Lakhudronapushpi Impatiens minor linn

Lakhudronapushpi Impatiens minor linn


  • Lakhudronapushpi
  • Vatikadrona


English : Wild balsam

Hindi : Ban gulmendi

Malayalam : Kasitumba, cherutumba


Kingdom : Plantae

Phylum : Angiosperm

Class : Magnoliopsida

Order : Geraniales

Family : Balsaminaceae

Genus : Impatiens

Species : minor



Habit and leaf form: Herbs (generally with translucent stems, rarely almost shrubby); with watery juice. Plants more or less succulent. Annual, or perennial; with a basal aggregation of leaves, or with neither basal nor terminal aggregations of leaves. Helophytic, or mesophytic. Leaves medium-sized; alternate, or opposite, or whorled; when alternate, spiral; when whorled, 3 per whorl; flat; petiolate; non-sheathing; simple; epulvinate. Lamina entire; acicular to linear, or oblong to ovate; pinnately veined; cross-venulate. Leaves exstipulate (as generally interpreted), or stipulate. Stipules if detectable, represented by glands. Lamina margins entire, or crenate, or serrate.

Leaf anatomy: Hydathodes commonly present. Stomata present; anomocytic, or anisocytic. Hairs usually absent

The mesophyll containing calcium oxalate crystals. The mesophyll crystals raphides. Minor leaf veins with phloem transfer cells (Impatiens).

Stem anatomy:Nodes unilacunar. Primary vascular tissue comprising a ring of bundles. Secondary thickening absent. Xylem with vessels. Vessel end-walls simple. Sieve-tube plastids S-type.

Reproductive type, pollination: Plants hermaphrodite. Pollination entomophilous; mechanism conspicuously specialized (as regards the androecium/gynoecium relationship).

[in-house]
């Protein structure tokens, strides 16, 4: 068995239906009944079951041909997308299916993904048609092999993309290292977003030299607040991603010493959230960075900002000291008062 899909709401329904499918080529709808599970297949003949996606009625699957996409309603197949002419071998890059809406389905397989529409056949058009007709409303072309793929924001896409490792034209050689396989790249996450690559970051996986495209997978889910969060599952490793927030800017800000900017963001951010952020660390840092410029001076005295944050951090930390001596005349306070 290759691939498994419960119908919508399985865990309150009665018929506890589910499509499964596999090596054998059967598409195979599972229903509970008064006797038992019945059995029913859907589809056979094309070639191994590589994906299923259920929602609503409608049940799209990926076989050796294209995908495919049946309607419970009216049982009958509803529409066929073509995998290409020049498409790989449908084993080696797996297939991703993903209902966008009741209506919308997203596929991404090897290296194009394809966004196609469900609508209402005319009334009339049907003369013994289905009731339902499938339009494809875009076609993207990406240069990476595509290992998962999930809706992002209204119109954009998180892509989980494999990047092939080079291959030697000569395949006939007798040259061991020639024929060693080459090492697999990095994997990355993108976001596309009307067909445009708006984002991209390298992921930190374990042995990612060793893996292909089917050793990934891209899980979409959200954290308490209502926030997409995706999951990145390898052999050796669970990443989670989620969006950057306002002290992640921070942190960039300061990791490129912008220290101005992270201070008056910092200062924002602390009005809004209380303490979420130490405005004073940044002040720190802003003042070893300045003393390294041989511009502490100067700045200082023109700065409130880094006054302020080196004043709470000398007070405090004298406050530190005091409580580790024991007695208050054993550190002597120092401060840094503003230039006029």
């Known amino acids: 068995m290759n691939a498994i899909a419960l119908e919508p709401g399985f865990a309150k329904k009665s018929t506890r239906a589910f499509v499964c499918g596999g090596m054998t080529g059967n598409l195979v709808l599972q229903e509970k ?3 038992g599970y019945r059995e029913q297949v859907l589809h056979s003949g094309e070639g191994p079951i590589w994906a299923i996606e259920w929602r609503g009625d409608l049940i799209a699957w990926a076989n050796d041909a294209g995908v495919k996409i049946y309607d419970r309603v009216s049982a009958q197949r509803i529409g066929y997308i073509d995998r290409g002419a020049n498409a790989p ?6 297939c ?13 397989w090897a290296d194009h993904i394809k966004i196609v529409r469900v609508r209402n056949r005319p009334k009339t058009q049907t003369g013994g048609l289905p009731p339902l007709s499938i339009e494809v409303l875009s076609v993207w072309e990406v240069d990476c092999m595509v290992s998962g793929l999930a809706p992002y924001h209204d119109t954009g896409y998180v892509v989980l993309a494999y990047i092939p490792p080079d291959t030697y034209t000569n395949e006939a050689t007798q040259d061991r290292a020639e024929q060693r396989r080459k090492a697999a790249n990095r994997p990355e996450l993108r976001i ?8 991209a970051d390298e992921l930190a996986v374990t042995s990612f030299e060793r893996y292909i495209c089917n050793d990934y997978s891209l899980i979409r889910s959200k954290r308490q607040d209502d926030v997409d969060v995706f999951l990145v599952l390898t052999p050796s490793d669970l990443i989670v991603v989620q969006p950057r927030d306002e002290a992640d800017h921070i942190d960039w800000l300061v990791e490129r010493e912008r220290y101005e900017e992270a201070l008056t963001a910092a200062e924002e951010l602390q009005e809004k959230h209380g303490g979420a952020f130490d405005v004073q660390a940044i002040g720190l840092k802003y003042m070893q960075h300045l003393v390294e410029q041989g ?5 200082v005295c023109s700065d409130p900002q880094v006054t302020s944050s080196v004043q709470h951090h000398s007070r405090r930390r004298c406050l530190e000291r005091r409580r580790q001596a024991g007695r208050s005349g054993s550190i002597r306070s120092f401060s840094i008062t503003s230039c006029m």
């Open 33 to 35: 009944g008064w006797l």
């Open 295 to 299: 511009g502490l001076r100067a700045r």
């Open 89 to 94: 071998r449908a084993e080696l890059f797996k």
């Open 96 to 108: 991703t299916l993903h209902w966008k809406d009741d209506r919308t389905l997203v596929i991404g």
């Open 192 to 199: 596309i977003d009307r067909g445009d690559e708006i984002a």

Inflorescence, floral, fruit and seed morphology:Flowers solitary, or aggregated in ‘inflorescences’; when aggregated, in cymes. The ultimate inflorescence unit (when flowers aggregated) cymose. Inflorescences or flowers axillary; small, sometimes umbelliform cymes, or the flowers solitary. Flowers bracteate; bracteolate, or ebracteolate; medium-sized; very irregular; zygomorphic; resupinate (often, the anterior organs appearing posterior and the large, spurred posterior sepal appearing anterior in the mature flower), or not resupinate. The floral irregularity involving the perianth and involving the androecium. Flowers basically 5 merous; cyclic; tetracyclic. Free hypanthium absent. Hypogynous disk absent.

Perianth with distinct calyx and corolla; 2 whorled; isomerous, or anisomerous; different in the two whorls. Calyx 5, or 3 (often coloured, the 208,8/10 morphologically anterior pair reduced or missing, the two laterals small and displaced forward to the anterior aspect of the flower, the posterior large and heavy); 1 whorled; polysepalous; unequal but not bilabiate; usually spurred (via the large member); not persistent (caducous); imbricate; with the median member posterior (before resupination).